So what the heck was Lord Foul anyway?

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Post by shadowbinding shoe »

High Lord Tolkien wrote:The fact that the Worm wasn't actually the core of the Earth was a huge disappointment to me.
I can't even express how awesome that concept was to me!
And then....nope.
Just really big.
it's not the physical core of the Earth. It's the metaphorical heart of it. The Worm ate the Stars (are they eternal Ideas like the Creator, Despite, She but of lesser status? The Idea of Sunlight, the Idea of a cool drink of spring water, the Idea of tsetse fly's buzzing. That actually sounds like the hierarchy of godlike beings in Tolkien's verse) and the world and Elohim grew from him.

The Worm represent the Creator guiding hand in creating this word, what ideas he chose to populate his world with and how. He is his Word.
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Post by wayfriend »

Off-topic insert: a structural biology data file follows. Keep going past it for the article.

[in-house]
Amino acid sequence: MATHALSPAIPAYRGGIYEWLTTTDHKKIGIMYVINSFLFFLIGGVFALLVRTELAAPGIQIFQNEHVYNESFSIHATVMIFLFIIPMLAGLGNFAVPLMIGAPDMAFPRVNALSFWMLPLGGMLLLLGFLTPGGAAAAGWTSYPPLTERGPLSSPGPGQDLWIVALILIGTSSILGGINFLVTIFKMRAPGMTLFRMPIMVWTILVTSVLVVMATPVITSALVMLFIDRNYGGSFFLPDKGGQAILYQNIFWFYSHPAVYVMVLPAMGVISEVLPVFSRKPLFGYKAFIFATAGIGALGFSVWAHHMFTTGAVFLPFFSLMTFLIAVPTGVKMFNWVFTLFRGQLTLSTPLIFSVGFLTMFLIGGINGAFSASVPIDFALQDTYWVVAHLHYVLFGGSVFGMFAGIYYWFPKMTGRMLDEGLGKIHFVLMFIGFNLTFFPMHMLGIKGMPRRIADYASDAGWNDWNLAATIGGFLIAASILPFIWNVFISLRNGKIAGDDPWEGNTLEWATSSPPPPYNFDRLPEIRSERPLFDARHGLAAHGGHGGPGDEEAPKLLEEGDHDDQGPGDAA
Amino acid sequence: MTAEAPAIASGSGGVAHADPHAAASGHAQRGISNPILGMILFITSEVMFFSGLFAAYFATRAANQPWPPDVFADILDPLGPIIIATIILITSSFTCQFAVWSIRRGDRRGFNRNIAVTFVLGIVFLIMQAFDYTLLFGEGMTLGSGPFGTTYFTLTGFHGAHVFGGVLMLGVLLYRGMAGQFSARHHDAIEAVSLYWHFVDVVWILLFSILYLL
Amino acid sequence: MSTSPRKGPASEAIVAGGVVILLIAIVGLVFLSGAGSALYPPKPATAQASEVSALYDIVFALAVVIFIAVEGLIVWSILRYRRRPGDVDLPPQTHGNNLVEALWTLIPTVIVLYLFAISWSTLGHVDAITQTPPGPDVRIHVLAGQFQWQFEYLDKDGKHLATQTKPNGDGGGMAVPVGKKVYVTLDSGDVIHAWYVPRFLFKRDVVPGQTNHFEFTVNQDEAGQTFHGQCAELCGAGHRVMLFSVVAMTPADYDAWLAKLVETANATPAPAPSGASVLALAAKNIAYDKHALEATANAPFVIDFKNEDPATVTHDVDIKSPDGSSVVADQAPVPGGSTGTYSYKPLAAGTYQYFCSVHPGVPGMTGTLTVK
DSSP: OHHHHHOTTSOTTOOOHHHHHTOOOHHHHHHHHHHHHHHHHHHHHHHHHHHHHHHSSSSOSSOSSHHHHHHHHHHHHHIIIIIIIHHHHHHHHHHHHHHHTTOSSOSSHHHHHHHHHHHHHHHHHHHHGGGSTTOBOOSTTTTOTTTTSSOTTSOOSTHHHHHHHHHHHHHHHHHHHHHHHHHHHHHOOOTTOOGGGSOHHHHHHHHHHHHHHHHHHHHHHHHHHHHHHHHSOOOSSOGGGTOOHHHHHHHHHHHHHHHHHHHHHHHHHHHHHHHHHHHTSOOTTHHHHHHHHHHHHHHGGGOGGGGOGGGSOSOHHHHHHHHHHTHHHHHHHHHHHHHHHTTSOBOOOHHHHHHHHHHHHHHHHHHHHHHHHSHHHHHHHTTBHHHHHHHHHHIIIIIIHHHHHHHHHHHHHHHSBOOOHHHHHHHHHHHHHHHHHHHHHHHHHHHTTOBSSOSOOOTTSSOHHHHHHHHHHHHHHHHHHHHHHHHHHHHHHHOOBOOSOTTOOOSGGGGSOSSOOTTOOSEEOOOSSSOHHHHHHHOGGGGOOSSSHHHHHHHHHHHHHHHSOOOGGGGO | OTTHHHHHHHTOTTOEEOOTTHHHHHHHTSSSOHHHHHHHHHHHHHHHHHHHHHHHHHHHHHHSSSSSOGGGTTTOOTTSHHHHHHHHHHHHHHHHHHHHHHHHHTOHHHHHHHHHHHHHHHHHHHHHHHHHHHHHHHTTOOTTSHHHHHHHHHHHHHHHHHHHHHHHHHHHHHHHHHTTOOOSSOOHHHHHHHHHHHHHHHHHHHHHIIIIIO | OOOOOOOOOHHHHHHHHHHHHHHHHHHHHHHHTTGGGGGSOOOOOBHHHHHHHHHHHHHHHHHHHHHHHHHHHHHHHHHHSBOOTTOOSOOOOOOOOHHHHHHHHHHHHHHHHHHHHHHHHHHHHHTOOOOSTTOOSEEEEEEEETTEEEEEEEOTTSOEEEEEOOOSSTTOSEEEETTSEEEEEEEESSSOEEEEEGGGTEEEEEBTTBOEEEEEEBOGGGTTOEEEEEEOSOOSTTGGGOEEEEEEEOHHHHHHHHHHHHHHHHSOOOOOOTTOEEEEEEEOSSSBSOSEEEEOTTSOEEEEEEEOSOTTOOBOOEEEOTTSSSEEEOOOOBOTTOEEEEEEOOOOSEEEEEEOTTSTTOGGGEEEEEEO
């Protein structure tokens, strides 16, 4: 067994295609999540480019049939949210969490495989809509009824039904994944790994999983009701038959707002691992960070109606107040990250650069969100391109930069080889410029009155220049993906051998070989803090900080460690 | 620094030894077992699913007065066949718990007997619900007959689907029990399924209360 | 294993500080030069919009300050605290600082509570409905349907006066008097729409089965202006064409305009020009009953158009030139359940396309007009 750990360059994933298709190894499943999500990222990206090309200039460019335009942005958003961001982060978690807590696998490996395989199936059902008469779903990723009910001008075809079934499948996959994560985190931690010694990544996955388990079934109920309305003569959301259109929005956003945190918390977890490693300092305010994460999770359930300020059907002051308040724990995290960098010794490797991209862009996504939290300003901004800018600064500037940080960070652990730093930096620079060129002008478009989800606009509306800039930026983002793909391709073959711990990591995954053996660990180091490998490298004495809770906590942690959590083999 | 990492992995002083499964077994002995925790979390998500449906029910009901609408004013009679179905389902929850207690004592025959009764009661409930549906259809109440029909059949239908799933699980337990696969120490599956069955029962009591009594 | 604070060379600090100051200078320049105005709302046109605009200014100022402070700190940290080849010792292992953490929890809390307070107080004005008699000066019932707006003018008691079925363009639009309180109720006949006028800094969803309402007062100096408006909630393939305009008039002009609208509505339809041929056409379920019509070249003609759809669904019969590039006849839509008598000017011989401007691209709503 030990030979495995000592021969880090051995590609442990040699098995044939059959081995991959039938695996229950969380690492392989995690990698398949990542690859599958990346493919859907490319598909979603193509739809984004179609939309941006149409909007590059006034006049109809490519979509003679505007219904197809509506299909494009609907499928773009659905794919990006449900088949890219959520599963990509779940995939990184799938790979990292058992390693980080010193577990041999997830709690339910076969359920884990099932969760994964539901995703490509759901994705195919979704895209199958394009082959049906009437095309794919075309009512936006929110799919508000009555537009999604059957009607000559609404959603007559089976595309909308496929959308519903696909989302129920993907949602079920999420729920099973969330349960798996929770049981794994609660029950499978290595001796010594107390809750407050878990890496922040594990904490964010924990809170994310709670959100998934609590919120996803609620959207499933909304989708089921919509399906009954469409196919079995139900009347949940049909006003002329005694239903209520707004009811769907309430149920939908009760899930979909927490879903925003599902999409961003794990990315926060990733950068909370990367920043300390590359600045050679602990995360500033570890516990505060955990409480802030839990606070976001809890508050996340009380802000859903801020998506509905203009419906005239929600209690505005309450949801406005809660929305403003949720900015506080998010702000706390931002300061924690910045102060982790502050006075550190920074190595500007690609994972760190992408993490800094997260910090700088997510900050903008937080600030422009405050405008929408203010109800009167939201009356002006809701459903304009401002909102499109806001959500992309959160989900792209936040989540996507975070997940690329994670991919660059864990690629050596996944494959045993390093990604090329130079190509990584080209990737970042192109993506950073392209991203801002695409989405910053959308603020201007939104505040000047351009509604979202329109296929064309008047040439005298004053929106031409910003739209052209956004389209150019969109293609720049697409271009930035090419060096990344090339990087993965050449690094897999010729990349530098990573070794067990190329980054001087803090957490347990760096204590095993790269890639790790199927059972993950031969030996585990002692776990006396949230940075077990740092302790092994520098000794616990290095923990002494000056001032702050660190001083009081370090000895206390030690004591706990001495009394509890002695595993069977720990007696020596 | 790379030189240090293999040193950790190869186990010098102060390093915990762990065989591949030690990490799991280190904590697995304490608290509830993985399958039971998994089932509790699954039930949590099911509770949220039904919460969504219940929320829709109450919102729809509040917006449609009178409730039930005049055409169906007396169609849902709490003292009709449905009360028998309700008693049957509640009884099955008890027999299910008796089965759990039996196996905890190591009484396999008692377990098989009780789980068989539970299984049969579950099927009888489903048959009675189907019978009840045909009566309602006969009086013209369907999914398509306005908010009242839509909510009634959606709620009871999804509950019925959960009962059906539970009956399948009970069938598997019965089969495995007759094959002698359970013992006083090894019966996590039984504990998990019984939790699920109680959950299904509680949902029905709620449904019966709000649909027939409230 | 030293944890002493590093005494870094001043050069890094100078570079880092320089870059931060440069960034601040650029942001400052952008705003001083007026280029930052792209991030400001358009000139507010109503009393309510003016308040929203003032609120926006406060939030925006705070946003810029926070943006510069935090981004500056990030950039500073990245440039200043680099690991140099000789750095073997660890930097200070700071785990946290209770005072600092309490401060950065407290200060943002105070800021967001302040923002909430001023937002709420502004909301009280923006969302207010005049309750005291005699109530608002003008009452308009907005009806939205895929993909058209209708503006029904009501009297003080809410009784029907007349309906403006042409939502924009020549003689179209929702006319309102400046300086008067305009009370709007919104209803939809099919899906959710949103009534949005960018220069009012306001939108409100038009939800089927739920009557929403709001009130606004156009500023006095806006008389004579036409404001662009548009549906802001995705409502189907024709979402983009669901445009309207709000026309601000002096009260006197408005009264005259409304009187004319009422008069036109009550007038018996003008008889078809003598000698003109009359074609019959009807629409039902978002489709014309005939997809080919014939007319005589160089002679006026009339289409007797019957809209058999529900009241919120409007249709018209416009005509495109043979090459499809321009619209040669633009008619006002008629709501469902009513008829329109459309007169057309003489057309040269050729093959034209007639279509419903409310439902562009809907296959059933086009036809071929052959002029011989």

I'm with HLT.
In [i]The One Tree[/i] was wrote:"Therefore it curled its tail about itself and sank into quiescence. And while the Worm rested, the power of the stars wrought within it. From its skin grew excrescences of stone and soil, water and air, and these growths multiplied upon themselves and multiplied until the very Earth beneath our feet took form."
Not only should the Worm have been the core of the Earth, supposedly the rousing itself would be the Earth's demise.
In [i]The One Tree[/i] was wrote:"And the time must come when it is roused, or rouses itself. Then it will slough off this skin of rock and water to pursue its hunger across the cosmos until eon's end and slumber. For that reason, it is named the Worm of the World's End."
As I said, the Last Chronicles was was a bit of a retcon in the Worm area. --- Not that I mind: the cosmos serves the story, the story doesn't serve the cosmos. And we all felt like the Worm itself was a bit of a retcon when we read The One Tree the first time, didn't we?

Clearly, Donaldson needed a lengthy post-Worm-arousal period to fulfill the sense of doom he required for his story. And so some tweaking.

Certainly the Worm represents Creation, as well as Destruction. But this "representation" was in large part permissible because it was a myth. The actuality of the Worm does more to suggest that there is no Creator than it does to affirm his existence.

Way back in the day, I had proposed a reconciliation of all the myths, by proposing that the Worm was itself the Arch of Time, or at least some part of the Arch which could be touched and triggered and generally cause an Arch-quake.